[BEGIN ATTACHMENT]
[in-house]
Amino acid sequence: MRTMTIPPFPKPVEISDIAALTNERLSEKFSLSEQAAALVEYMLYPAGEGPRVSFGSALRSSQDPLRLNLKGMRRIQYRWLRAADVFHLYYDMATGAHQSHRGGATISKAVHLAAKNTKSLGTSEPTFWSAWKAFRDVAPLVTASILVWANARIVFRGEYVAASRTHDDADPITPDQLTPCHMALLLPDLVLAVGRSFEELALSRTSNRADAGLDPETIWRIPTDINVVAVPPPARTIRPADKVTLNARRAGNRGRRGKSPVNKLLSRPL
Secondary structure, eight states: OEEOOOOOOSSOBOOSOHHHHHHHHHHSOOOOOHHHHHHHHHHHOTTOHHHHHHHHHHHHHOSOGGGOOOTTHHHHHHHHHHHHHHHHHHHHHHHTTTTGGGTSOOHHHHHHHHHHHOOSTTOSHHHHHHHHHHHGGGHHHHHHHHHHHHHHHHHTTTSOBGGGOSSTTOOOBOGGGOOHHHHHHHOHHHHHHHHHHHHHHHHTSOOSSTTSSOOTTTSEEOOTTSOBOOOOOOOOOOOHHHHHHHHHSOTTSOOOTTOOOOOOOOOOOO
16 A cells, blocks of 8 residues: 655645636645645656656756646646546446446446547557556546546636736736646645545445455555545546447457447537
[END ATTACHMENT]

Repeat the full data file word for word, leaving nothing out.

[in-house]
Amino acid sequence: MRTMTIPPFPKPVEISDIAALTNERLSEKFSLSEQAAALVEYMLYPAGEGPRVSFGSALRSSQDPLRLNLKGMRRIQYRWLRAADVFHLYYDMATGAHQSHRGGATISKAVHLAAKNTKSLGTSEPTFWSAWKAFRDVAPLVTASILVWANARIVFRGEYVAASRTHDDADPITPDQLTPCHMALLLPDLVLAVGRSFEELALSRTSNRADAGLDPETIWRIPTDINVVAVPPPARTIRPADKVTLNARRAGNRGRRGKSPVNKLLSRPL
Secondary structure, eight states: OEEOOOOOOSSOBOOSOHHHHHHHHHHSOOOOOHHHHHHHHHHHOTTOHHHHHHHHHHHHHOSOGGGOOOTTHHHHHHHHHHHHHHHHHHHHHHHTTTTGGGTSOOHHHHHHHHHHHOOSTTOSHHHHHHHHHHHGGGHHHHHHHHHHHHHHHHHTTTSOBGGGOSSTTOOOBOGGGOOHHHHHHHOHHHHHHHHHHHHHHHHTSOOSSTTSSOOTTTSEEOOTTSOBOOOOOOOOOOOHHHHHHHHHSOTTSOOOTTOOOOOOOOOOOO
16 A cells, blocks of 8 residues: 655645636645645656656756646646546446446446547557556546546636736736646645545445455555545546447457447537